MID has started reforming the science funding system. Prior to 2018, the government would fund R&D projects, initiated by the scientific community, once a year through a cumbersome procedure. Now it is a competitive selection of R&D proposals on a rolling basis (calls for proposals are announced online every 2 months) and are based on specific priorities and needs of the national economy. Before the establishment of MID, R&D projects would receive more funding incrementally and mainly to cover researchers’ salaries. The Ministry has increased funding (the average size of grants tripled and reached US$80K) and at least 50% of allocated funds are now used by beneficiaries to purchase R&D equipment. MID has also increased the available funding for field expeditions and laboratories in regional universities in order to diversify the subject areas of R&D and expand the geographic coverage of science facilities. This implies increased funding of institutions outside of the National Academy of Science.
The government has also launched short-term (3-month) foreign internships for researchers. A total of 40 researchers went abroad in 2018, and 300 more will be sent in 2019. The Ministry has also launched calls for proposals for joint research in cooperation with worldwide research institutes and universities.
Progress Report: Tech Commercialization is Hard Work
The expertise needed for this type of activity is still evolving and needs time to implement.
Among the reforms of Uzbekistan’s NIS, promoting commercialization in the research arena is among the most challenging. The effective and efficient transfer of ideas from research to be used for innovation from existing firms or startups of knowledge-based enterprises occurs—it requires a new level of dedication by researchers. Developed countries have recognized this potential and tried tapping into it in many ways, as reflected, for instance, in the emphasis of European Union (EU) countries in the so-called ‘third mandate’ of universities. Yet, commercialization is not an automatic process. Funding for early stages of commercialization, such as the preparation of a proof of concept, prototyping, etc. – is underprovided by the private sector. The expertise needed for this type of activity is still evolving and needs time to implement. These challenges are not specific to Uzbekistan but are becoming more acute with the ongoing transition of Uzbekistan’s NIS. Progress has been made, yet much more is needed, through detailed planning and execution, over the next several years. They certainly possess the will to succeed, and with support from the World Bank, we anticipate updating you on their progress in this important endeavor.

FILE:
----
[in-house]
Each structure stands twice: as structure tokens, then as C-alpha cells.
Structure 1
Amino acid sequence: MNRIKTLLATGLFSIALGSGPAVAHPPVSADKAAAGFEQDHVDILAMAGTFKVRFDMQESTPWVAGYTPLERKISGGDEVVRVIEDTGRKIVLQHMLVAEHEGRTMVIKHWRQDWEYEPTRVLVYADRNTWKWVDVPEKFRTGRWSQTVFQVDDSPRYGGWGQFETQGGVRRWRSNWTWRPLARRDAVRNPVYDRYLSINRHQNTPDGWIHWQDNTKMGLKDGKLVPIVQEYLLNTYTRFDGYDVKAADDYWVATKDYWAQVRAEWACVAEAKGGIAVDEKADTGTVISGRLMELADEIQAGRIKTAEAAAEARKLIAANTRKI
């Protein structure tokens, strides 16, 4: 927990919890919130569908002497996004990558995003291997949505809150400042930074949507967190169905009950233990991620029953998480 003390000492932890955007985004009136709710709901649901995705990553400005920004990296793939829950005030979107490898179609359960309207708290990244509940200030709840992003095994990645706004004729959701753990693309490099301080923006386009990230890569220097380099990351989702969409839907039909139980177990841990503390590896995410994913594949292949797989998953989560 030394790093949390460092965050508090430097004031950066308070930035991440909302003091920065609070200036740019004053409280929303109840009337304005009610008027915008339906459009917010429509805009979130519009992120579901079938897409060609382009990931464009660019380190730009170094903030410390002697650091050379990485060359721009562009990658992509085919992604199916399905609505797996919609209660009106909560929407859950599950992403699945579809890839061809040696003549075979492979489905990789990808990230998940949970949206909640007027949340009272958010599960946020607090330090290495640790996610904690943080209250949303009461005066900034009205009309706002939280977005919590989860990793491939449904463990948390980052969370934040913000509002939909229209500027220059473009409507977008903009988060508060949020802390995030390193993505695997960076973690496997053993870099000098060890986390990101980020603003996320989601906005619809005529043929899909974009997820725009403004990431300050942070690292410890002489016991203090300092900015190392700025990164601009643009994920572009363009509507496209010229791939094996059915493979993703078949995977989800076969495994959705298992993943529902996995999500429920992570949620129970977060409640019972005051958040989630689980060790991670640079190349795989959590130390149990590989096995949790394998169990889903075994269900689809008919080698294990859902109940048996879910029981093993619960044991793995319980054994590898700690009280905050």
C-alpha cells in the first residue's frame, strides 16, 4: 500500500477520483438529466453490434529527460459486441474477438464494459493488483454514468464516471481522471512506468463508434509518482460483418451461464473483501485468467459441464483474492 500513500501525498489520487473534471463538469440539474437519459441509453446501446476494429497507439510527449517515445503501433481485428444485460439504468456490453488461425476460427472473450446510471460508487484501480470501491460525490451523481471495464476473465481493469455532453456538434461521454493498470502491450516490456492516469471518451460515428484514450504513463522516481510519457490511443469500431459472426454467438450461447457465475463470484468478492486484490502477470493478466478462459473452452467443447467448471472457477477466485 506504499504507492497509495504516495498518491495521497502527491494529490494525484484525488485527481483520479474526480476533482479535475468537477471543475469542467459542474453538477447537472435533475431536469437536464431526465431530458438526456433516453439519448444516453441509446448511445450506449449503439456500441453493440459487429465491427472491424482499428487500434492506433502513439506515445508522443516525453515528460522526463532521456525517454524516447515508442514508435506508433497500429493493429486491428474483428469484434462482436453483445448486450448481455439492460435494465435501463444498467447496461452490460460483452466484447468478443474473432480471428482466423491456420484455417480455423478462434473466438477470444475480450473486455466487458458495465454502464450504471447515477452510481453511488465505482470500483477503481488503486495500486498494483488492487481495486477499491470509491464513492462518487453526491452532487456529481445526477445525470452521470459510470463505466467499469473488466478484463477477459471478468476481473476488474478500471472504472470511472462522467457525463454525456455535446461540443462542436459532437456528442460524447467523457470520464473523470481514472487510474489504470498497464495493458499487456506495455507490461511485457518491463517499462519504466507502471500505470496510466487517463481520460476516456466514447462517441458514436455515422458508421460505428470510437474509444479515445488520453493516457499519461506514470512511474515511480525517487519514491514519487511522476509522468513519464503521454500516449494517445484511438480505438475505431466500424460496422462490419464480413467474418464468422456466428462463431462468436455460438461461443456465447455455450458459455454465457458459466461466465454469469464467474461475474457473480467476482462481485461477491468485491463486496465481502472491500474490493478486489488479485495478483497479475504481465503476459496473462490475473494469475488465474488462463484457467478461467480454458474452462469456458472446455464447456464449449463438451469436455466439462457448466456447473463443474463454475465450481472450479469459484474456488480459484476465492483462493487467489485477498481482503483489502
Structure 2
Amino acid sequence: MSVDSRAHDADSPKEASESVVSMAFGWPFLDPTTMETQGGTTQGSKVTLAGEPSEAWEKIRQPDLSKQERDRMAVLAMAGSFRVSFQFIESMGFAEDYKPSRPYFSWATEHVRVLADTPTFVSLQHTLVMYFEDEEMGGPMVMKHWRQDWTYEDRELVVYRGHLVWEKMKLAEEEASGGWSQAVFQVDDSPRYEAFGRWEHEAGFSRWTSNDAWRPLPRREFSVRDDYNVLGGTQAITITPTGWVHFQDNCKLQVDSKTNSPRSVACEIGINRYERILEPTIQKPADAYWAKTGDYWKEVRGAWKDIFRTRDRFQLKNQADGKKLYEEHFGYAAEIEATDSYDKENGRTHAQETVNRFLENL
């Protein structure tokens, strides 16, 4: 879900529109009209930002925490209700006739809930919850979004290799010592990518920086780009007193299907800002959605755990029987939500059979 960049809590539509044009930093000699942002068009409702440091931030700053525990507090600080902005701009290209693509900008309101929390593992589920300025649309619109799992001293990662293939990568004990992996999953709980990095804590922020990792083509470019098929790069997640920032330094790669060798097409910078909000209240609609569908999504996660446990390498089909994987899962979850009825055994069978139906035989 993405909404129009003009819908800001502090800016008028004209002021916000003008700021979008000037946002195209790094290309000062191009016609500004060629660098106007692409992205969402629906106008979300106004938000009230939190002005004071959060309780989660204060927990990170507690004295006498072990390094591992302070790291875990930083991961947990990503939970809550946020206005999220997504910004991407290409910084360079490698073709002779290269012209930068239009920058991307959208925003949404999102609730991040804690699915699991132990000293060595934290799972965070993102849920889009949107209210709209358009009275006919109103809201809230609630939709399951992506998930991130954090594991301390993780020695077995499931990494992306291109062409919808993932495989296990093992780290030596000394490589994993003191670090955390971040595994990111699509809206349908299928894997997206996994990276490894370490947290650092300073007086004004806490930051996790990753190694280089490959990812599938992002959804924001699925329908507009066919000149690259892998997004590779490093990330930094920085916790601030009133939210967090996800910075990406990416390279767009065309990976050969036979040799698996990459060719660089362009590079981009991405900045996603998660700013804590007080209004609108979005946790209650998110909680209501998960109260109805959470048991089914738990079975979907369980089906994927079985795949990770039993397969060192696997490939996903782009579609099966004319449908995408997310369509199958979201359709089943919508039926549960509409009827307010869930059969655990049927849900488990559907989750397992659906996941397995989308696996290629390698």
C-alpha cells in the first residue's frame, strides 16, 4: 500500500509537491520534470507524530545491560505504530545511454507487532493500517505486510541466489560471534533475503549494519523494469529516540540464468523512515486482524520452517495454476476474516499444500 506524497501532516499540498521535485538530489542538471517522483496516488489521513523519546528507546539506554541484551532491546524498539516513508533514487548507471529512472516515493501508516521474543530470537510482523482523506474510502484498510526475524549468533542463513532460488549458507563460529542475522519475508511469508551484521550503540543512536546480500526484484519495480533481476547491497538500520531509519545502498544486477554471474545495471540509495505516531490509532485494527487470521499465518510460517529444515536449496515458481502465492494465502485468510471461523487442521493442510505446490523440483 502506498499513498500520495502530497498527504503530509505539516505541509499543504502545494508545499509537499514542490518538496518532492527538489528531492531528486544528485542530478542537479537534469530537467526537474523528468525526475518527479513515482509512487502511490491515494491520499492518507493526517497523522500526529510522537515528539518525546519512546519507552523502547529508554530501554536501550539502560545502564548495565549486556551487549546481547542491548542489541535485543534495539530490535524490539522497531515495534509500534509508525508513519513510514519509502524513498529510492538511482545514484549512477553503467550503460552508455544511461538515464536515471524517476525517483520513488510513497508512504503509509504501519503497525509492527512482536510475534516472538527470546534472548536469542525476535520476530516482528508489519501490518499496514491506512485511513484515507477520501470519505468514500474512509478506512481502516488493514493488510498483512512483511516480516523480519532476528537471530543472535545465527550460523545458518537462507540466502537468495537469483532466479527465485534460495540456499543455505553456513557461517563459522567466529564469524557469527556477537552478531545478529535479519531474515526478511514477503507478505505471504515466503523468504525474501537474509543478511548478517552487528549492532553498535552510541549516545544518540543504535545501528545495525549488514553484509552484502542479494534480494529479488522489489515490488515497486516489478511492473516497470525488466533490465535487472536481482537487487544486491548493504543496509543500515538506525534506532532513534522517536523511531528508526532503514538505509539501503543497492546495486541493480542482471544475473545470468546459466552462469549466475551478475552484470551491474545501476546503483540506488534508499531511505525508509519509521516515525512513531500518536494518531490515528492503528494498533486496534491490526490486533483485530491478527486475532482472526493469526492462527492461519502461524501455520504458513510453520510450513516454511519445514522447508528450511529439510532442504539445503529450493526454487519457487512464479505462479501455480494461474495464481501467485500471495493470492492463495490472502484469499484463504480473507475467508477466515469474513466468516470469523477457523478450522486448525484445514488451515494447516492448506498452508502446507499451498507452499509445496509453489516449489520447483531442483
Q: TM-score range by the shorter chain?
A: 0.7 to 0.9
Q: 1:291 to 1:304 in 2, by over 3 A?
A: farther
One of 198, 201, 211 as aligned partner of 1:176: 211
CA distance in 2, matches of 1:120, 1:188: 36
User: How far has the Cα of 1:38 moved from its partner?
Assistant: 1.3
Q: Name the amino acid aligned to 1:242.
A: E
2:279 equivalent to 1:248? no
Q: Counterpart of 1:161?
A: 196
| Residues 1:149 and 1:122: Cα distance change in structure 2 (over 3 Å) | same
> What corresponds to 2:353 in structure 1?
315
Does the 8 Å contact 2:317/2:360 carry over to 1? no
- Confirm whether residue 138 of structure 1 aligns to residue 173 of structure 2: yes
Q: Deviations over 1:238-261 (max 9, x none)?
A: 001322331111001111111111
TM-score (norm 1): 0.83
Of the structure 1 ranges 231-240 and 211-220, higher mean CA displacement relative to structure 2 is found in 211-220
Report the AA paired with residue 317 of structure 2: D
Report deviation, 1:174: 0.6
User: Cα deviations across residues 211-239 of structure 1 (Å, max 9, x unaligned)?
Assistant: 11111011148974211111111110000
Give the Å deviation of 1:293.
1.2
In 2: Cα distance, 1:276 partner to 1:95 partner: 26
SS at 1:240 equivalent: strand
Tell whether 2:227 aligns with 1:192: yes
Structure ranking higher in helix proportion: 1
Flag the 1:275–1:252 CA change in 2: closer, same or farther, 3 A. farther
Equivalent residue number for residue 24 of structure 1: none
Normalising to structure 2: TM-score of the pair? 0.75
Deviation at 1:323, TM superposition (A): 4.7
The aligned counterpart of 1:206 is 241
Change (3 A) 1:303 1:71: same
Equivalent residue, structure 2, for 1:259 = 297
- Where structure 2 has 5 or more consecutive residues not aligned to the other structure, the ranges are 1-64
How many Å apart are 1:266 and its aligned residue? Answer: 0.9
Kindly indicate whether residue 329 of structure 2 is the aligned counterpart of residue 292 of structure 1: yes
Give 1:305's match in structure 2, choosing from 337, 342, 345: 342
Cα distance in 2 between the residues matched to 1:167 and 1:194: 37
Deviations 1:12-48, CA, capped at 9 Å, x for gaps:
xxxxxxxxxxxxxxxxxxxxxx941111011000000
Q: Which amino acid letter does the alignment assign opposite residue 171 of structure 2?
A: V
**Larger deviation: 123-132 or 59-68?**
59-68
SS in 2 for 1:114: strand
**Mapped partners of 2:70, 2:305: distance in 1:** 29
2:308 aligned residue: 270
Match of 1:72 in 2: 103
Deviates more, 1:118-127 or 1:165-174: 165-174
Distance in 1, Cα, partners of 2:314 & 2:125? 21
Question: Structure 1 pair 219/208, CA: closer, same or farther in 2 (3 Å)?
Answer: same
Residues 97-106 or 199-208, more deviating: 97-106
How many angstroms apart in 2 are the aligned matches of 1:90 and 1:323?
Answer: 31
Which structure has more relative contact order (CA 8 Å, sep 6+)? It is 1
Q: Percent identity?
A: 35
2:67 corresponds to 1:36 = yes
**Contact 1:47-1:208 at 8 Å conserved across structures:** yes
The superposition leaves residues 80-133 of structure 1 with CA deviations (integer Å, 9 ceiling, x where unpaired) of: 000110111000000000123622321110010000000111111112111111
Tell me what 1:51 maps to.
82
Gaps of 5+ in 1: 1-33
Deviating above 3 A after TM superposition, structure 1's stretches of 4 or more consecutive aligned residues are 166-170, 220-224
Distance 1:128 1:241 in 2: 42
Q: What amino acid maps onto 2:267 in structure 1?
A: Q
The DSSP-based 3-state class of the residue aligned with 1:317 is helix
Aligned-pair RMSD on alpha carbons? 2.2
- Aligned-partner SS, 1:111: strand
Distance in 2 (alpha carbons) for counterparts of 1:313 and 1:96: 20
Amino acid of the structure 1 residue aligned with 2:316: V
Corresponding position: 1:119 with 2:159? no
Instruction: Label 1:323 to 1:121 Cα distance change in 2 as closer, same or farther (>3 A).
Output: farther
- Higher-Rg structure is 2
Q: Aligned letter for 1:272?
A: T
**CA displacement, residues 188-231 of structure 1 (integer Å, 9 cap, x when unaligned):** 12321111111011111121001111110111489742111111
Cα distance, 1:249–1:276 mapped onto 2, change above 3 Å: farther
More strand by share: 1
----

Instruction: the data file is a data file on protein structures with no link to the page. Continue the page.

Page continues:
The authors wish to thank their colleagues in both the private and public sectors over the years for all the fruitful discussions related to the commercialization of technology as a means of economic prosperity.
About the Co-Author:
Dr. Tom Cellucci has been a senior executive in both the private and public sectors for over 39 years. He served as the US Government’s first-ever Chief Commercialization Officer, working for both President Bush and President Obama. He assists President Trump’s team when asked… Tom has authored or co-authored 25 scholarly books and over 314high-tech business articles. Cellucci earned a Ph.D. in Physical Chemistry from the University of Pennsylvania (1984), an MBA from Rutgers University (1991), and a BS in Chemistry from Fordham University (1980). He is on 21 Boards and Chairman of the Board of Trustees of Eurasian Technological University in Kazakhstan. He currently possesses the rank of Honorary Professor at two prestigious universities in Kazakhstan, as well as taught at the Harvard Business School, Princeton University, and the University of Pennsylvania. He is considered a pioneer in the commercialization of technology in government and a “turn-around” expert on Wall Street. He’s also the Chairman of the Board of a highly successful Private Equity firm, GVP Global Corp, with headquarters in Boston, Massachusetts. Tom and his wife Julie are blessed with seven children and six grandchildren.